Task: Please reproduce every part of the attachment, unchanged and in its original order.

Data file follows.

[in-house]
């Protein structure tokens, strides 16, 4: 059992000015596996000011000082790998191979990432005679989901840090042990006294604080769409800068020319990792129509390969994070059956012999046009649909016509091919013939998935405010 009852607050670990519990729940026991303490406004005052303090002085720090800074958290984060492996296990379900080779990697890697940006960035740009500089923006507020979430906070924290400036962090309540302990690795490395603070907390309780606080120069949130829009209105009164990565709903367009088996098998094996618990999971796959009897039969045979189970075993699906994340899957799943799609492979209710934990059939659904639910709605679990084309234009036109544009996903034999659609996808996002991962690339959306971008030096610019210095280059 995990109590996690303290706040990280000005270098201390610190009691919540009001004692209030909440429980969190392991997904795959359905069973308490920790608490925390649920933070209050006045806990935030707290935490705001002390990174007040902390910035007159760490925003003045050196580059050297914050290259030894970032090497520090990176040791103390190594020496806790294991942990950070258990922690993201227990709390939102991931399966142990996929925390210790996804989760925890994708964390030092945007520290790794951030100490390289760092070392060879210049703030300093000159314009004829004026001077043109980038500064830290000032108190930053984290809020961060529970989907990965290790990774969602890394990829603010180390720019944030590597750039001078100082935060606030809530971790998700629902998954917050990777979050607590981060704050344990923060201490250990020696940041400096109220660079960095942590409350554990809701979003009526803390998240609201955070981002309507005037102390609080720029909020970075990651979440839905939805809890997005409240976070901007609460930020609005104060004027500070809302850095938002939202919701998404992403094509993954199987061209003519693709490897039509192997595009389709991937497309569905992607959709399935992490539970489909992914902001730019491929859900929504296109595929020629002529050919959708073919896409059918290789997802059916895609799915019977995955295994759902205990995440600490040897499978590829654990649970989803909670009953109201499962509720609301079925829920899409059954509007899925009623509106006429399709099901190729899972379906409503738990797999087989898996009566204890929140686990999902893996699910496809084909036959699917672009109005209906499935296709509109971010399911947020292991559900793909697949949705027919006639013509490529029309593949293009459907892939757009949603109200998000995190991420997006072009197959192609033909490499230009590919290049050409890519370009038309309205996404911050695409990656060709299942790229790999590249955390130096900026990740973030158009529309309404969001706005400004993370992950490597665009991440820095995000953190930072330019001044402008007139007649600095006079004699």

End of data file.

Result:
[in-house]
């Protein structure tokens, strides 16, 4: 059992000015596996000011000082790998191979990432005679989901840090042990006294604080769409800068020319990792129509390969994070059956012999046009649909016509091919013939998935405010 009852607050670990519990729940026991303490406004005052303090002085720090800074958290984060492996296990379900080779990697890697940006960035740009500089923006507020979430906070924290400036962090309540302990690795490395603070907390309780606080120069949130829009209105009164990565709903367009088996098998094996618990999971796959009897039969045979189970075993699906994340899957799943799609492979209710934990059939659904639910709605679990084309234009036109544009996903034999659609996808996002991962690339959306971008030096610019210095280059 995990109590996690303290706040990280000005270098201390610190009691919540009001004692209030909440429980969190392991997904795959359905069973308490920790608490925390649920933070209050006045806990935030707290935490705001002390990174007040902390910035007159760490925003003045050196580059050297914050290259030894970032090497520090990176040791103390190594020496806790294991942990950070258990922690993201227990709390939102991931399966142990996929925390210790996804989760925890994708964390030092945007520290790794951030100490390289760092070392060879210049703030300093000159314009004829004026001077043109980038500064830290000032108190930053984290809020961060529970989907990965290790990774969602890394990829603010180390720019944030590597750039001078100082935060606030809530971790998700629902998954917050990777979050607590981060704050344990923060201490250990020696940041400096109220660079960095942590409350554990809701979003009526803390998240609201955070981002309507005037102390609080720029909020970075990651979440839905939805809890997005409240976070901007609460930020609005104060004027500070809302850095938002939202919701998404992403094509993954199987061209003519693709490897039509192997595009389709991937497309569905992607959709399935992490539970489909992914902001730019491929859900929504296109595929020629002529050919959708073919896409059918290789997802059916895609799915019977995955295994759902205990995440600490040897499978590829654990649970989803909670009953109201499962509720609301079925829920899409059954509007899925009623509106006429399709099901190729899972379906409503738990797999087989898996009566204890929140686990999902893996699910496809084909036959699917672009109005209906499935296709509109971010399911947020292991559900793909697949949705027919006639013509490529029309593949293009459907892939757009949603109200998000995190991420997006072009197959192609033909490499230009590919290049050409890519370009038309309205996404911050695409990656060709299942790229790999590249955390130096900026990740973030158009529309309404969001706005400004993370992950490597665009991440820095995000953190930072330019001044402008007139007649600095006079004699």